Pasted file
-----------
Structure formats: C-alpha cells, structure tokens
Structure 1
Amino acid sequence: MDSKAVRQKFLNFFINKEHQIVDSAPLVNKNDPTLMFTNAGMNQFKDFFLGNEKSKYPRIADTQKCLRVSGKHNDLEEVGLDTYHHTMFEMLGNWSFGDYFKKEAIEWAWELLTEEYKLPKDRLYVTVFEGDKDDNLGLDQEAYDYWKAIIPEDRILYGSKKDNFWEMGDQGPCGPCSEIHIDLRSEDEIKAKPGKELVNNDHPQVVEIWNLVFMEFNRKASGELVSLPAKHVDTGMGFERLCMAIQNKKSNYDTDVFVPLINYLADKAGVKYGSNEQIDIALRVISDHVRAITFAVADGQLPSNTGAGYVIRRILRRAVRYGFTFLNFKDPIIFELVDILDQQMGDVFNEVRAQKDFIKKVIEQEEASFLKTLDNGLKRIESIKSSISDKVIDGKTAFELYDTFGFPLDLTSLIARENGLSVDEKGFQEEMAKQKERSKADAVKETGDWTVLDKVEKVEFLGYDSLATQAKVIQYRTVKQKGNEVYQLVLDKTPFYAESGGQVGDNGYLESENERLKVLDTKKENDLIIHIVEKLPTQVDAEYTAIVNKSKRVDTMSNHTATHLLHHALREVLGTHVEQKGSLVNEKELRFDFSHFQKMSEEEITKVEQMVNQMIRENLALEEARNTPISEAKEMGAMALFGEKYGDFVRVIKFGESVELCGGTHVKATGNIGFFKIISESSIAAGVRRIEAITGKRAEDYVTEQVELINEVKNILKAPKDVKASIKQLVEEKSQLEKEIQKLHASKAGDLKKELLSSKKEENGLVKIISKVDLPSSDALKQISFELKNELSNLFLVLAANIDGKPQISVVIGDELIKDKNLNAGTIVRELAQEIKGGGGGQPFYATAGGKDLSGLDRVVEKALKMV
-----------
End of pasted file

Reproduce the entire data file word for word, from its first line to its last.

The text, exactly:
Structure formats: C-alpha cells, structure tokens
Structure 1
Amino acid sequence: MDSKAVRQKFLNFFINKEHQIVDSAPLVNKNDPTLMFTNAGMNQFKDFFLGNEKSKYPRIADTQKCLRVSGKHNDLEEVGLDTYHHTMFEMLGNWSFGDYFKKEAIEWAWELLTEEYKLPKDRLYVTVFEGDKDDNLGLDQEAYDYWKAIIPEDRILYGSKKDNFWEMGDQGPCGPCSEIHIDLRSEDEIKAKPGKELVNNDHPQVVEIWNLVFMEFNRKASGELVSLPAKHVDTGMGFERLCMAIQNKKSNYDTDVFVPLINYLADKAGVKYGSNEQIDIALRVISDHVRAITFAVADGQLPSNTGAGYVIRRILRRAVRYGFTFLNFKDPIIFELVDILDQQMGDVFNEVRAQKDFIKKVIEQEEASFLKTLDNGLKRIESIKSSISDKVIDGKTAFELYDTFGFPLDLTSLIARENGLSVDEKGFQEEMAKQKERSKADAVKETGDWTVLDKVEKVEFLGYDSLATQAKVIQYRTVKQKGNEVYQLVLDKTPFYAESGGQVGDNGYLESENERLKVLDTKKENDLIIHIVEKLPTQVDAEYTAIVNKSKRVDTMSNHTATHLLHHALREVLGTHVEQKGSLVNEKELRFDFSHFQKMSEEEITKVEQMVNQMIRENLALEEARNTPISEAKEMGAMALFGEKYGDFVRVIKFGESVELCGGTHVKATGNIGFFKIISESSIAAGVRRIEAITGKRAEDYVTEQVELINEVKNILKAPKDVKASIKQLVEEKSQLEKEIQKLHASKAGDLKKELLSSKKEENGLVKIISKVDLPSSDALKQISFELKNELSNLFLVLAANIDGKPQISVVIGDELIKDKNLNAGTIVRELAQEIKGGGGGQPFYATAGGKDLSGLDRVVEKALKMV